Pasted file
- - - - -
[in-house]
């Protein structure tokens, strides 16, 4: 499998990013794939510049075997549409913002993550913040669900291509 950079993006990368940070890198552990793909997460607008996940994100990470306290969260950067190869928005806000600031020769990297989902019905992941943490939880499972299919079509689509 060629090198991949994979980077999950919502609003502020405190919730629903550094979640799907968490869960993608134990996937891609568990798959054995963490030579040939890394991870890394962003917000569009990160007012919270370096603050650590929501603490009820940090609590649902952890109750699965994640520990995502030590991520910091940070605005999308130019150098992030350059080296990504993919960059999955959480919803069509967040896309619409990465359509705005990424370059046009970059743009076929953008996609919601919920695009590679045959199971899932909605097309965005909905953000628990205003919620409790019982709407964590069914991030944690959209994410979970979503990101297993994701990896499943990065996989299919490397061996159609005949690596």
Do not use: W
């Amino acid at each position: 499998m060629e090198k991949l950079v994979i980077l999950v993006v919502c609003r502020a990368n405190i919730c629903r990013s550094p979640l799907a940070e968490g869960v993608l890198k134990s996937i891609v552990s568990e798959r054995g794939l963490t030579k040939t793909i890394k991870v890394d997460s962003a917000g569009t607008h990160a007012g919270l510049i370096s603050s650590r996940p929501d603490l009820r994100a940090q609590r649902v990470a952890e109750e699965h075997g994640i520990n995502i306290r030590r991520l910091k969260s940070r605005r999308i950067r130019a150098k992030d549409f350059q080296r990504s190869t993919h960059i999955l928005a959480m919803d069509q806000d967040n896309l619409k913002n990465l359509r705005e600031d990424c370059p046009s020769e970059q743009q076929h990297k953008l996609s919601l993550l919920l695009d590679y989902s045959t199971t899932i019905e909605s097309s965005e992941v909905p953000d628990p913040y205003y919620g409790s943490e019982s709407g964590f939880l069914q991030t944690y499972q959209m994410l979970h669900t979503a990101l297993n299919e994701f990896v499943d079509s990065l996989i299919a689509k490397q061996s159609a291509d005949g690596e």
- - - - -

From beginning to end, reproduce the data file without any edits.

[in-house]
């Protein structure tokens, strides 16, 4: 499998990013794939510049075997549409913002993550913040669900291509 950079993006990368940070890198552990793909997460607008996940994100990470306290969260950067190869928005806000600031020769990297989902019905992941943490939880499972299919079509689509 060629090198991949994979980077999950919502609003502020405190919730629903550094979640799907968490869960993608134990996937891609568990798959054995963490030579040939890394991870890394962003917000569009990160007012919270370096603050650590929501603490009820940090609590649902952890109750699965994640520990995502030590991520910091940070605005999308130019150098992030350059080296990504993919960059999955959480919803069509967040896309619409990465359509705005990424370059046009970059743009076929953008996609919601919920695009590679045959199971899932909605097309965005909905953000628990205003919620409790019982709407964590069914991030944690959209994410979970979503990101297993994701990896499943990065996989299919490397061996159609005949690596």
Do not use: W
């Amino acid at each position: 499998m060629e090198k991949l950079v994979i980077l999950v993006v919502c609003r502020a990368n405190i919730c629903r990013s550094p979640l799907a940070e968490g869960v993608l890198k134990s996937i891609v552990s568990e798959r054995g794939l963490t030579k040939t793909i890394k991870v890394d997460s962003a917000g569009t607008h990160a007012g919270l510049i370096s603050s650590r996940p929501d603490l009820r994100a940090q609590r649902v990470a952890e109750e699965h075997g994640i520990n995502i306290r030590r991520l910091k969260s940070r605005r999308i950067r130019a150098k992030d549409f350059q080296r990504s190869t993919h960059i999955l928005a959480m919803d069509q806000d967040n896309l619409k913002n990465l359509r705005e600031d990424c370059p046009s020769e970059q743009q076929h990297k953008l996609s919601l993550l919920l695009d590679y989902s045959t199971t899932i019905e909605s097309s965005e992941v909905p953000d628990p913040y205003y919620g409790s943490e019982s709407g964590f939880l069914q991030t944690y499972q959209m994410l979970h669900t979503a990101l297993n299919e994701f990896v499943d079509s990065l996989i299919a689509k490397q061996s159609a291509d005949g690596e």